and media and Professor Oldenburg does redemptive surgery on many
of their perversely enduring messages.
Ouyporn Khuankaew is a Buddhist educator and practitioner
living in Thailand. She conducts workshops and retreats for Buddhist
women in South and Southeastern Asia, in Thailand Cambodia, Burma,
India, Nepal, Bhutan, and Tibet. Her broad experience shows how
culturally ensconced male dominance has perverted Buddhist teaching,
particularly around the notion of karma. Buddhism is often romantically
viewed as the gentlest of religions, and it is true that it is
not conducive to Crusades or Jihads, but its teachings can be
used and are used to torture women in cruel ways that rob them
of their spirit and hope. Ouyporn Khuankaew counters all of this
in her work and her writing with the traditional teachings of
the Four Noble Truths and the Eightfold Noble Path, giving these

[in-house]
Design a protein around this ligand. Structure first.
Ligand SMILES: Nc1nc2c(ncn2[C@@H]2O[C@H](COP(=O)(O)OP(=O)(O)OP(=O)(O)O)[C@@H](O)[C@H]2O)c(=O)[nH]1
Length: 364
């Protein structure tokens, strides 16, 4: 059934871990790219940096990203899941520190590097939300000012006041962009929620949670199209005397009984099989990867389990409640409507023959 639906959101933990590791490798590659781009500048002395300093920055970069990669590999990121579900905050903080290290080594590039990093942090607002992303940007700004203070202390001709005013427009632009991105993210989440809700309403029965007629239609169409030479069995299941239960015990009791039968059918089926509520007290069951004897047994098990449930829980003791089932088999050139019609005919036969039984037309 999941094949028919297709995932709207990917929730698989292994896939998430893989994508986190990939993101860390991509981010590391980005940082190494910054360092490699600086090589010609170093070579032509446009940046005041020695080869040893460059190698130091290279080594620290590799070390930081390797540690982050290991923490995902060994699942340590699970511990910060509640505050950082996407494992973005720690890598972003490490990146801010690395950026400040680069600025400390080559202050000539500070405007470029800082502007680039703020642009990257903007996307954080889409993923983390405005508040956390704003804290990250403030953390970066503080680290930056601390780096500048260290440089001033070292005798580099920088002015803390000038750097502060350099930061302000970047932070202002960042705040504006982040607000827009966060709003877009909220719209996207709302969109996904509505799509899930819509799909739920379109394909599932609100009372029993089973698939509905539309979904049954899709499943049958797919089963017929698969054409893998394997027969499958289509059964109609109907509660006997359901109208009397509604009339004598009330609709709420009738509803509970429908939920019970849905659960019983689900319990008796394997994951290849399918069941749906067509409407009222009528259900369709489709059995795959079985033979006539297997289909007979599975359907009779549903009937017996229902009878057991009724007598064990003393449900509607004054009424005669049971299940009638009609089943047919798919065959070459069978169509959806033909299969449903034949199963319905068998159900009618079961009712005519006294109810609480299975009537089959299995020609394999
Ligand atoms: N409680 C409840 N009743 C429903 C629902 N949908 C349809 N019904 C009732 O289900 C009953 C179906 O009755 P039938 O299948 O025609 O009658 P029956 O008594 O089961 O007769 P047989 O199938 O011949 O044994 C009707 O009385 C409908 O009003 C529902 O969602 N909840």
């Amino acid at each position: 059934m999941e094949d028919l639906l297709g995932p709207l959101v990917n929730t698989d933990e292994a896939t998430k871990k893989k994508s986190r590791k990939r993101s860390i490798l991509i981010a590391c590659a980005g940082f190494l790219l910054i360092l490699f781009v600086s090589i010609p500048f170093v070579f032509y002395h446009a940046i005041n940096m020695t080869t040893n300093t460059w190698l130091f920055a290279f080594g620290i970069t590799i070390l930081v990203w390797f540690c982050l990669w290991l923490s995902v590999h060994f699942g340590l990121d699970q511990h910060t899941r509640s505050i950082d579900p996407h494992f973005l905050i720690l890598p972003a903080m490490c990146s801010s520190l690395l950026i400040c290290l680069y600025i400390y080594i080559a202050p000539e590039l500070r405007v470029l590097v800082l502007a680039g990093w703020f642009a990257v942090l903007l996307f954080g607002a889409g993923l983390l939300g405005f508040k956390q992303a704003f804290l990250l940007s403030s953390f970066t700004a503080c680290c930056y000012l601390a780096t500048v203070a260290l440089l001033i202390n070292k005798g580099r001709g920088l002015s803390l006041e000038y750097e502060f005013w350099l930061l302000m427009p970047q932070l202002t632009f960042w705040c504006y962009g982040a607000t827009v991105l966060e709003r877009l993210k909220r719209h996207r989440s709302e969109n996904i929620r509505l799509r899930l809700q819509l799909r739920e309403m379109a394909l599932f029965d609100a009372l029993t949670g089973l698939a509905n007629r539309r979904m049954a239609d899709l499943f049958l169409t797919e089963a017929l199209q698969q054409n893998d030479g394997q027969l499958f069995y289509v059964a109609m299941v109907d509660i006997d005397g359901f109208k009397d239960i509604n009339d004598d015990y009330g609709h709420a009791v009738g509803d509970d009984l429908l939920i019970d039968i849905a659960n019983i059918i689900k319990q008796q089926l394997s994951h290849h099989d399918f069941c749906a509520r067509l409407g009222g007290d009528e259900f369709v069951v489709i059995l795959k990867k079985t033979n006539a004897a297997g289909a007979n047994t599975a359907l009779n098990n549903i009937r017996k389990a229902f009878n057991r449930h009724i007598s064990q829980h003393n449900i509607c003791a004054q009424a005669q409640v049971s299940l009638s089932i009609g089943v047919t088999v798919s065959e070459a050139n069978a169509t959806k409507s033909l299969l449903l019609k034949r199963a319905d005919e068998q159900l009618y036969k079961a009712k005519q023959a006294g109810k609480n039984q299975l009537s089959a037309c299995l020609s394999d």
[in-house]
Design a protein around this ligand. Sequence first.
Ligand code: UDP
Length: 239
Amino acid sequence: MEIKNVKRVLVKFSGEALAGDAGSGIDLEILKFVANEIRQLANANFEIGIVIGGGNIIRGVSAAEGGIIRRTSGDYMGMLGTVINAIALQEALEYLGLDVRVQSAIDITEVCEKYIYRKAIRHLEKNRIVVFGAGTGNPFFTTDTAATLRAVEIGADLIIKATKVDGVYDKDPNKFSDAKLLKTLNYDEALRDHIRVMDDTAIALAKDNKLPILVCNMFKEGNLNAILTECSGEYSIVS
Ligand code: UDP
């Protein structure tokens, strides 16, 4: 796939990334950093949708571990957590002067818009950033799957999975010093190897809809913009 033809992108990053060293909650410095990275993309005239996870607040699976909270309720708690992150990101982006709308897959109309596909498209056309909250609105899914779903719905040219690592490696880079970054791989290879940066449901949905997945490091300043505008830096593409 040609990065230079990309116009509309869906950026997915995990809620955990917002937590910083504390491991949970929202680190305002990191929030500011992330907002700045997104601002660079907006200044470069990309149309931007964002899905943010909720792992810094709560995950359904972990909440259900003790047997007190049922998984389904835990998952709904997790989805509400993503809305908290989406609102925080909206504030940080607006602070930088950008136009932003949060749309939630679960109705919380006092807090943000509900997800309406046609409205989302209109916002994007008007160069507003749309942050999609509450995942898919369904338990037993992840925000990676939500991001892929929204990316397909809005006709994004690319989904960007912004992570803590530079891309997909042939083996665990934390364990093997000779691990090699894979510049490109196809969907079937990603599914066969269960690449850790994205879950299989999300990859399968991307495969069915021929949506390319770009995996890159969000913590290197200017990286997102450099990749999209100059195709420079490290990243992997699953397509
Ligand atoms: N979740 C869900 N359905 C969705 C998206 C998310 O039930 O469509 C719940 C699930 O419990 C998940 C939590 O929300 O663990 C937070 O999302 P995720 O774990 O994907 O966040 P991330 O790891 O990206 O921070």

traditional teachings a new and healing meaning for women.
Liora Gubkin sheds antiseptic light on a subject that
has enjoyed undue immunity, domestic violence in the American
Jewish community. Citing the fact that one out of every three
U.S. women reports being physically or sexually abused by a husband
or boyfriend at some point in her life, she shows that Judaism
is no protection from this horror, in spite of widespread belief-even
among Jews-that this is not the case. She recognizes that not
all abusers are men but that men are the main abusers and she
concentrates on the suffering of women. She has researched the
number of helpful ways that the Jewish community is finally and
forcefully reacting to this situation in promoting education and